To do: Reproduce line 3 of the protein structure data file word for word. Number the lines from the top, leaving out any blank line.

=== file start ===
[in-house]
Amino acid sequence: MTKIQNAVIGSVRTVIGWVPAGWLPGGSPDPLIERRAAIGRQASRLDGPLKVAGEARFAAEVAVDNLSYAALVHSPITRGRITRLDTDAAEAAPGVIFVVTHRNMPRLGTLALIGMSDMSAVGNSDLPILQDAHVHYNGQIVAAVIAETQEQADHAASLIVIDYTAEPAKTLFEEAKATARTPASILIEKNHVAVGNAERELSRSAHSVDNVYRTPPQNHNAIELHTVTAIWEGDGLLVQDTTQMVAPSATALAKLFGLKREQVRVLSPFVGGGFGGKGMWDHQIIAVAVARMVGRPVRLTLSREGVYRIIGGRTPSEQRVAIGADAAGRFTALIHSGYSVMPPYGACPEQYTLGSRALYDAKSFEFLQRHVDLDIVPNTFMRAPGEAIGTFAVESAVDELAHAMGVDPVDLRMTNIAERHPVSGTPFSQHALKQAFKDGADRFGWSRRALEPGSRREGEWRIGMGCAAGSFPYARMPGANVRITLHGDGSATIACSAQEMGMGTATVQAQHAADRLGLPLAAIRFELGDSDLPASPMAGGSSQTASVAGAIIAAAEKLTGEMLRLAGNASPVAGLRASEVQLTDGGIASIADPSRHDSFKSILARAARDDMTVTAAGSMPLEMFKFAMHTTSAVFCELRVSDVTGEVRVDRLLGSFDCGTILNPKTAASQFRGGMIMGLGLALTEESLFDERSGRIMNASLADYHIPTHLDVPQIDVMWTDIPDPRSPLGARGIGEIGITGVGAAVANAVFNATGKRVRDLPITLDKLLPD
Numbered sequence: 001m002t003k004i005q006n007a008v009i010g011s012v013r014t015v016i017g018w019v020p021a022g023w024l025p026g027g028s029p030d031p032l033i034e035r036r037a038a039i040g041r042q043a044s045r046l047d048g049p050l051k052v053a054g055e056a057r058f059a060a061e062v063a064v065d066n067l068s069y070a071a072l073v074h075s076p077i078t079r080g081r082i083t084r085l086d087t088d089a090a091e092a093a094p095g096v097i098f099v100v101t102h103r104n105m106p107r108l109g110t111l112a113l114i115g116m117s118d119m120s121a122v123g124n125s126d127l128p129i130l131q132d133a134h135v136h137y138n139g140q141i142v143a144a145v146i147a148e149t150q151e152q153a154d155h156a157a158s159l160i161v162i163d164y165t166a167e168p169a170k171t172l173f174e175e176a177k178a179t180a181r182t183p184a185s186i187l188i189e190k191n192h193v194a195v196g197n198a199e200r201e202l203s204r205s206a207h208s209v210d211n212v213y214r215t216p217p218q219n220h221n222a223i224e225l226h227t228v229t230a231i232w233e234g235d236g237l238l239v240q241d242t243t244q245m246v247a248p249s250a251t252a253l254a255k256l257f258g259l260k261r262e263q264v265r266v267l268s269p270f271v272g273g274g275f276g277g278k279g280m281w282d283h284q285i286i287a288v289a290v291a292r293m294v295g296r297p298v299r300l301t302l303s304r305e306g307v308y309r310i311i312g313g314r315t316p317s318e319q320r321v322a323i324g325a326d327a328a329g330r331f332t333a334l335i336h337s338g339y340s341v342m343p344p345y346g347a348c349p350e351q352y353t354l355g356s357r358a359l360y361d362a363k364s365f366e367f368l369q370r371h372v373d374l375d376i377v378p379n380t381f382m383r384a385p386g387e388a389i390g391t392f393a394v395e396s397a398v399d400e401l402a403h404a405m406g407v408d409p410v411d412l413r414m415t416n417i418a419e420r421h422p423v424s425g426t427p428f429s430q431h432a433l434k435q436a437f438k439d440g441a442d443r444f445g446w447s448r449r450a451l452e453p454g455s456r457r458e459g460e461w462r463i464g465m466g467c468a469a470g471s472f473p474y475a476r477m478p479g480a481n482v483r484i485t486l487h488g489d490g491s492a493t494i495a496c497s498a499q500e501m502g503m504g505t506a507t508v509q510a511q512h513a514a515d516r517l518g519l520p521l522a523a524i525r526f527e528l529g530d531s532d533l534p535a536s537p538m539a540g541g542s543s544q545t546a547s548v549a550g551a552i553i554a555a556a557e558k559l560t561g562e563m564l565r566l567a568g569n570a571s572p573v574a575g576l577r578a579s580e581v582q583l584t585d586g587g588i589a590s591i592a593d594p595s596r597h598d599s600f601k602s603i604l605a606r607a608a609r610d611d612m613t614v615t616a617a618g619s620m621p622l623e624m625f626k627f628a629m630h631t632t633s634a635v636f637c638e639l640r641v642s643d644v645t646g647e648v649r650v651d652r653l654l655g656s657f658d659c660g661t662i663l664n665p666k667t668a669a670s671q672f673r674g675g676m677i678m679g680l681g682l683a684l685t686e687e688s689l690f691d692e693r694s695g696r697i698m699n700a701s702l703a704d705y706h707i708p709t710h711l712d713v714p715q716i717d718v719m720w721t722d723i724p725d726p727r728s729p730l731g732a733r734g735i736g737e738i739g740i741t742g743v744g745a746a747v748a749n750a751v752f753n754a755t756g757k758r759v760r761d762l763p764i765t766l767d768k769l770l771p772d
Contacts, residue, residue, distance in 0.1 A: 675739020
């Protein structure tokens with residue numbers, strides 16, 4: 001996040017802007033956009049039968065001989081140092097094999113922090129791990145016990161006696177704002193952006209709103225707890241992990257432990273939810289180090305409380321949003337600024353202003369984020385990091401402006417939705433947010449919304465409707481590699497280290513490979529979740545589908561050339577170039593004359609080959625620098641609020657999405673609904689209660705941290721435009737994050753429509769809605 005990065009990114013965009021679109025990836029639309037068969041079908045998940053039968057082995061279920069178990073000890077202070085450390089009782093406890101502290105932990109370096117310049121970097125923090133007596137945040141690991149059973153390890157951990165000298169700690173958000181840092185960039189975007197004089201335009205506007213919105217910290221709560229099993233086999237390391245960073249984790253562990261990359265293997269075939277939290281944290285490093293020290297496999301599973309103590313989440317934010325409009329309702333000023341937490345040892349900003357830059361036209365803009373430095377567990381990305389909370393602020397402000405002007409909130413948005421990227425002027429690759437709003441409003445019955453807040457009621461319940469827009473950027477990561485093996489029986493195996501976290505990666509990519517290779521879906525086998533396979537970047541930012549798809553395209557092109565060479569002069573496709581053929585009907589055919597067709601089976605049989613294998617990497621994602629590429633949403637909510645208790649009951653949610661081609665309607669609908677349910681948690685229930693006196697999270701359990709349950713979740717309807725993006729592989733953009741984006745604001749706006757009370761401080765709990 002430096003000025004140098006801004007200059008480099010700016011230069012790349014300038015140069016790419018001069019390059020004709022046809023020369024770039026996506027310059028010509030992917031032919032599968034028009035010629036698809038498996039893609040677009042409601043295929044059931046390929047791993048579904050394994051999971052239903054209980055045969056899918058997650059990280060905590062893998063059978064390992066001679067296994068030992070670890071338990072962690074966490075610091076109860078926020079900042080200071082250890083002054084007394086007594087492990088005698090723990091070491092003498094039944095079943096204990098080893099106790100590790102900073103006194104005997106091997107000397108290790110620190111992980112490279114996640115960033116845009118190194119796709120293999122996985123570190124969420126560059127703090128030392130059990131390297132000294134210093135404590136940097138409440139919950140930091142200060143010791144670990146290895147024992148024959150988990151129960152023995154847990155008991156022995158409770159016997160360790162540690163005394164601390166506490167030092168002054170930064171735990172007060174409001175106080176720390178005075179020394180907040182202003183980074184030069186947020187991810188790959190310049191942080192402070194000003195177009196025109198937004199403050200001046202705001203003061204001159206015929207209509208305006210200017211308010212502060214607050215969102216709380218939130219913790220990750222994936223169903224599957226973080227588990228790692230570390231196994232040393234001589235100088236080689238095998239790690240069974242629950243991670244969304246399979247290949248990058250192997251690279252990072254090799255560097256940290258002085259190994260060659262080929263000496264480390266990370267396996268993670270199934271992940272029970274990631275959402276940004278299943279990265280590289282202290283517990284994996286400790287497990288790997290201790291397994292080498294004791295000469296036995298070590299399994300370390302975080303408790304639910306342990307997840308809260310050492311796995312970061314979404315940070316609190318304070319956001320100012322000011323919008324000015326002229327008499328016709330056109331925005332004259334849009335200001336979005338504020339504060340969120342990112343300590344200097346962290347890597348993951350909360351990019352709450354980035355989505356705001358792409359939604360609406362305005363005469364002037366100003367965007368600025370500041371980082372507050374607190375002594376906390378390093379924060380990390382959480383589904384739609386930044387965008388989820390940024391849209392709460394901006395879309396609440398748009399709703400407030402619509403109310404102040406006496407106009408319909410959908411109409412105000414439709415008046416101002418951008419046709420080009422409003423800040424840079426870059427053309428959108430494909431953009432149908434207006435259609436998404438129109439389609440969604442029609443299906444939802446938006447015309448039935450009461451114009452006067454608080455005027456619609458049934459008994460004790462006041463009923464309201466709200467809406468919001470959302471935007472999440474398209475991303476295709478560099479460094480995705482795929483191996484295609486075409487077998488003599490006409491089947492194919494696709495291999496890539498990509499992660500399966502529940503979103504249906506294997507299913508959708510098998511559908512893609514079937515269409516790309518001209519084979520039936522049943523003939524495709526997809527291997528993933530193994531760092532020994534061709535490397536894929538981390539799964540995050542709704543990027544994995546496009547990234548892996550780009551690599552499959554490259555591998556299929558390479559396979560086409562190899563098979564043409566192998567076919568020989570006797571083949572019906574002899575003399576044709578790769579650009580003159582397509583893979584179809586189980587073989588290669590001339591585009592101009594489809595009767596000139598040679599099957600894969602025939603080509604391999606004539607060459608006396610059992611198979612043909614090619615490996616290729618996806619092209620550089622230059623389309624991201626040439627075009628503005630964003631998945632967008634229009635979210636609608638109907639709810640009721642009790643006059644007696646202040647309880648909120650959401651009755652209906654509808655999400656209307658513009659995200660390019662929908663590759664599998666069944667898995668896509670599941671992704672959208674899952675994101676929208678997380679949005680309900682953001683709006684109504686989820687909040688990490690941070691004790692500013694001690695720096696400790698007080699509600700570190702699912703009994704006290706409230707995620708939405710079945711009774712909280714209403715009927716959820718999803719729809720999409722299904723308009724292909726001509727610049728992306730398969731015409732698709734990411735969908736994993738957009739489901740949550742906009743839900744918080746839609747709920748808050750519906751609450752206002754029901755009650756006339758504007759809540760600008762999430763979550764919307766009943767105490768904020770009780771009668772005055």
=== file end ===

Numbered sequence: 001m002t003k004i005q006n007a008v009i010g011s012v013r014t015v016i017g018w019v020p021a022g023w024l025p026g027g028s029p030d031p032l033i034e035r036r037a038a039i040g041r042q043a044s045r046l047d048g049p050l051k052v053a054g055e056a057r058f059a060a061e062v063a064v065d066n067l068s069y070a071a072l073v074h075s076p077i078t079r080g081r082i083t084r085l086d087t088d089a090a091e092a093a094p095g096v097i098f099v100v101t102h103r104n105m106p107r108l109g110t111l112a113l114i115g116m117s118d119m120s121a122v123g124n125s126d127l128p129i130l131q132d133a134h135v136h137y138n139g140q141i142v143a144a145v146i147a148e149t150q151e152q153a154d155h156a157a158s159l160i161v162i163d164y165t166a167e168p169a170k171t172l173f174e175e176a177k178a179t180a181r182t183p184a185s186i187l188i189e190k191n192h193v194a195v196g197n198a199e200r201e202l203s204r205s206a207h208s209v210d211n212v213y214r215t216p217p218q219n220h221n222a223i224e225l226h227t228v229t230a231i232w233e234g235d236g237l238l239v240q241d242t243t244q245m246v247a248p249s250a251t252a253l254a255k256l257f258g259l260k261r262e263q264v265r266v267l268s269p270f271v272g273g274g275f276g277g278k279g280m281w282d283h284q285i286i287a288v289a290v291a292r293m294v295g296r297p298v299r300l301t302l303s304r305e306g307v308y309r310i311i312g313g314r315t316p317s318e319q320r321v322a323i324g325a326d327a328a329g330r331f332t333a334l335i336h337s338g339y340s341v342m343p344p345y346g347a348c349p350e351q352y353t354l355g356s357r358a359l360y361d362a363k364s365f366e367f368l369q370r371h372v373d374l375d376i377v378p379n380t381f382m383r384a385p386g387e388a389i390g391t392f393a394v395e396s397a398v399d400e401l402a403h404a405m406g407v408d409p410v411d412l413r414m415t416n417i418a419e420r421h422p423v424s425g426t427p428f429s430q431h432a433l434k435q436a437f438k439d440g441a442d443r444f445g446w447s448r449r450a451l452e453p454g455s456r457r458e459g460e461w462r463i464g465m466g467c468a469a470g471s472f473p474y475a476r477m478p479g480a481n482v483r484i485t486l487h488g489d490g491s492a493t494i495a496c497s498a499q500e501m502g503m504g505t506a507t508v509q510a511q512h513a514a515d516r517l518g519l520p521l522a523a524i525r526f527e528l529g530d531s532d533l534p535a536s537p538m539a540g541g542s543s544q545t546a547s548v549a550g551a552i553i554a555a556a557e558k559l560t561g562e563m564l565r566l567a568g569n570a571s572p573v574a575g576l577r578a579s580e581v582q583l584t585d586g587g588i589a590s591i592a593d594p595s596r597h598d599s600f601k602s603i604l605a606r607a608a609r610d611d612m613t614v615t616a617a618g619s620m621p622l623e624m625f626k627f628a629m630h631t632t633s634a635v636f637c638e639l640r641v642s643d644v645t646g647e648v649r650v651d652r653l654l655g656s657f658d659c660g661t662i663l664n665p666k667t668a669a670s671q672f673r674g675g676m677i678m679g680l681g682l683a684l685t686e687e688s689l690f691d692e693r694s695g696r697i698m699n700a701s702l703a704d705y706h707i708p709t710h711l712d713v714p715q716i717d718v719m720w721t722d723i724p725d726p727r728s729p730l731g732a733r734g735i736g737e738i739g740i741t742g743v744g745a746a747v748a749n750a751v752f753n754a755t756g757k758r759v760r761d762l763p764i765t766l767d768k769l770l771p772d